Bioactive coating of titanium surfaces with recombinant human ß-defensin-2

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Pfeufer, N. Y., Hofmann-Peiker, K., Muhle, M., Warnke, P. H., et al. (2011). Bioactive coating of titanium surfaces with recombinant human ß-defensin-2 (rHußD2) may prevent bacterial colonization in orthopaedic surgery. Journal of Bone and Joint Surgery-American Volume, 93 (9), 840-846.

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2011 HERDC submission. FoR code: 090300, 110300

© Copyright by The Journal of Bone and Joint Surgery Incorporated, 2011




A promising strategy to prevent infections around orthopaedic titanium implants is to use naturally occurring cationic antimicrobial peptides (CAMPs) such as the human ß-defensin-2 as antibacterial coatings. Human antimicrobial peptides represent a part of the innate immune system and have a broad antimicrobial spectrum against bacteria, fungi, and viruses.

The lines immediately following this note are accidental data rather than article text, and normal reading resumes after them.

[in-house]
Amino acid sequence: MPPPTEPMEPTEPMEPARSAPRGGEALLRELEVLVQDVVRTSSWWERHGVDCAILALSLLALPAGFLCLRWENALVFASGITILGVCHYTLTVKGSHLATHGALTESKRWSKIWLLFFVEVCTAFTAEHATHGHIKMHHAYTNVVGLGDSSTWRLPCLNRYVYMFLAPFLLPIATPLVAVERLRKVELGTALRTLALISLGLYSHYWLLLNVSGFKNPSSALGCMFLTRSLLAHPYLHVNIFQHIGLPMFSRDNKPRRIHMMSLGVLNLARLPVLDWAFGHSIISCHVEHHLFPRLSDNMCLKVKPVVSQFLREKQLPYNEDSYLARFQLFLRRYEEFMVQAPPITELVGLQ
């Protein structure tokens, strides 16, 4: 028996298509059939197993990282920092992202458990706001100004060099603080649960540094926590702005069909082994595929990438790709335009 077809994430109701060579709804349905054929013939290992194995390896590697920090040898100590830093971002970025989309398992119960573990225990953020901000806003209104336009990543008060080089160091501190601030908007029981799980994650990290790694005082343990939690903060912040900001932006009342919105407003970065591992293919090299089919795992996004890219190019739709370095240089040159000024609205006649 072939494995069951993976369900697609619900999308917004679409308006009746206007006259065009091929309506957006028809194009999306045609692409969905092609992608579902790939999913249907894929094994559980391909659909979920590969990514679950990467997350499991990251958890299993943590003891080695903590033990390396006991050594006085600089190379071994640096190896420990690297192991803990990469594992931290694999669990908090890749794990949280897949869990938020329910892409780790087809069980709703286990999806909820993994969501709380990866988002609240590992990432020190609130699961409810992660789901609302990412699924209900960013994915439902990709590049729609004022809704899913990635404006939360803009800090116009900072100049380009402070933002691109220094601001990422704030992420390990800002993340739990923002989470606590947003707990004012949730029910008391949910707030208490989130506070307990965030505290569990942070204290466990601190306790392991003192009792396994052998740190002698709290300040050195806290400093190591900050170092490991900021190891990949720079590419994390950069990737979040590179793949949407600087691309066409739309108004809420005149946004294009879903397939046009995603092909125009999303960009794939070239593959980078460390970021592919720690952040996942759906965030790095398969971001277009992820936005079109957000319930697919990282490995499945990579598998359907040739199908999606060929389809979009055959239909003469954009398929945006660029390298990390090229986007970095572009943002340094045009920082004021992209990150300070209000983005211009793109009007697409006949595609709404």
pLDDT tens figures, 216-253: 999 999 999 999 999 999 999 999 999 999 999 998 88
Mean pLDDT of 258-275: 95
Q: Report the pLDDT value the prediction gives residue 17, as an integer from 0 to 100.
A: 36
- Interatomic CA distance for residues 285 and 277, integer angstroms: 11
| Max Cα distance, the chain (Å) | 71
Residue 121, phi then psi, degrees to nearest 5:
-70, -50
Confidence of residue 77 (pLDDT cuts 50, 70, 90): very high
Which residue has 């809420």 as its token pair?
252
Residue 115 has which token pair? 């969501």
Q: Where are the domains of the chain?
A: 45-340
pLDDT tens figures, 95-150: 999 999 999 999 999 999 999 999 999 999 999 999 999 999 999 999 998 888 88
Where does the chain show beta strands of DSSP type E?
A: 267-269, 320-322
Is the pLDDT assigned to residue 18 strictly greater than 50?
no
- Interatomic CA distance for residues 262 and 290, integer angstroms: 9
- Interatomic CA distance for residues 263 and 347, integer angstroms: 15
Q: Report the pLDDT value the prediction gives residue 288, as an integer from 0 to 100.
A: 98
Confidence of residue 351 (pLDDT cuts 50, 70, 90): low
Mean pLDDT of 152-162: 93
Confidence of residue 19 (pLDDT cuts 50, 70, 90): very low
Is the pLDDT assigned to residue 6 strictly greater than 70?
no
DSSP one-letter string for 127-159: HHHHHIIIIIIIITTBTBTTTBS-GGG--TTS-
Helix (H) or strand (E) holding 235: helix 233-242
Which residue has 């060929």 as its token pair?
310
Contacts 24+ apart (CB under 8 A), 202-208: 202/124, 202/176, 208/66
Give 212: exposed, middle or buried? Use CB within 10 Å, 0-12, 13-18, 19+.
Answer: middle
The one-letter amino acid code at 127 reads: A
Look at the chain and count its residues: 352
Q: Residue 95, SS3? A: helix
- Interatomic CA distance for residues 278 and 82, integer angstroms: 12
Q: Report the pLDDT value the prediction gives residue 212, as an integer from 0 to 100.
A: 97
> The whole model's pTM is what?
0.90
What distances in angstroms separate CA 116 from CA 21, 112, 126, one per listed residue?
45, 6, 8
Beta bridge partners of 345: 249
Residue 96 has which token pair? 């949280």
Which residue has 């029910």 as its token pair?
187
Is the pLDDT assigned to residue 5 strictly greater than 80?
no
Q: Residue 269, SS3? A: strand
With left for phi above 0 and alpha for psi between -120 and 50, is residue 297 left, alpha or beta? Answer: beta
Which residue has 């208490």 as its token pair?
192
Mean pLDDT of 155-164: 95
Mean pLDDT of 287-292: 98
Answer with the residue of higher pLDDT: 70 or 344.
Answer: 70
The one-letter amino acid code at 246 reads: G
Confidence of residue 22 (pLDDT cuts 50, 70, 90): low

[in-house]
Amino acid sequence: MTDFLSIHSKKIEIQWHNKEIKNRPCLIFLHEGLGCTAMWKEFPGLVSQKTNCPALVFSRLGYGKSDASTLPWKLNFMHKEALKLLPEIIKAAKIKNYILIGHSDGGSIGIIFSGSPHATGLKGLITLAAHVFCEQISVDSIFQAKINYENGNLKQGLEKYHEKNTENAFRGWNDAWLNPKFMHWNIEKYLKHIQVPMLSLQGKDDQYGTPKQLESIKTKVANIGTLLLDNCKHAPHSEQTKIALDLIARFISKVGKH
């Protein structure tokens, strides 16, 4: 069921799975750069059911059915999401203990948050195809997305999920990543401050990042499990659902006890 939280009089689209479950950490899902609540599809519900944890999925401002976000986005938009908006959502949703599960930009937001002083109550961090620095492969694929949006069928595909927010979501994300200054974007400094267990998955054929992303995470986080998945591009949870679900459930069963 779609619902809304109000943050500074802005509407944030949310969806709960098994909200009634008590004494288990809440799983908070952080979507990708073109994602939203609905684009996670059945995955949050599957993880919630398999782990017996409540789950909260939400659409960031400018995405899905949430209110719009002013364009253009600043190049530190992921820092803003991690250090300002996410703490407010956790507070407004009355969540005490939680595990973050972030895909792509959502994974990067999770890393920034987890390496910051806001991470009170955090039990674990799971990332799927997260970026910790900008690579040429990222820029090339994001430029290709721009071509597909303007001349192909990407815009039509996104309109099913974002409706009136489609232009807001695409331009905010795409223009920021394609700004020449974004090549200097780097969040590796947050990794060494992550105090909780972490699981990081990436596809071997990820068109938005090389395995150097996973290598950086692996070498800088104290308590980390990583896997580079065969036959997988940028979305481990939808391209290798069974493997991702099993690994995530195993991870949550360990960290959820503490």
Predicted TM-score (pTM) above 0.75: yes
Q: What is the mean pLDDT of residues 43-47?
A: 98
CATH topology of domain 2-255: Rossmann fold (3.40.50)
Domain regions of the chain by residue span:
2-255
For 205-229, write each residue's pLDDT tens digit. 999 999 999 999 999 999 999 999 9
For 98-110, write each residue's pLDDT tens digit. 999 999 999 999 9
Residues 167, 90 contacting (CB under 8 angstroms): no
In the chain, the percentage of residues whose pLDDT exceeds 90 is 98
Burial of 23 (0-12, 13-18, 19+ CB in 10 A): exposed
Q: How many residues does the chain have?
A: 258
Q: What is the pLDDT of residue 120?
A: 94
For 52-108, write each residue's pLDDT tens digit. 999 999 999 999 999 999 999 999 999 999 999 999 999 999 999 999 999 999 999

In the present study, titanium surfaces were functionalized by four different self-assembled monolayers (SAMs) forming methoxy silanes: (1) hexadecyltrimethoxysilane, (2) dimethoxymethyloctylsilane, (3) allyltrimethylsilane, and (4) 3-aminopropyltrimethoxysilane. In addition, calf skin type-I collagen was cross-linked to the SAM surface 3- aminopropyltrimethoxysilane by means of two different treatments: (1) N-hydroxysuccinimide and (2) glutaraldehyde. The functionalized titanium surfaces were coated with recombinant human ß-defensin-2 (rHußD2), an antimicrobial peptide, and were tested for antibacterial activity against Escherichia coli. The release of rHußD2 was quantified by means of enzyme-linked immunosorbent assay (ELISA).

The coating of functionalized titanium surfaces with rHußD2 was successful. Recombinant HußD2 was eluted from the titanium surfaces continuously, yielding antimicrobial activity up to several hours.

Natural antibiotics such as rHupD2 integrated into the metal surface of titanium implants may be a promising tool to prevent and control infections around orthopaedic implants.

Clinical Relevance:
This kind of titanium surface modification may provide an alternative treatment of serious, life threatening infections related to prosthetic implant surgery.

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This document has been peer reviewed.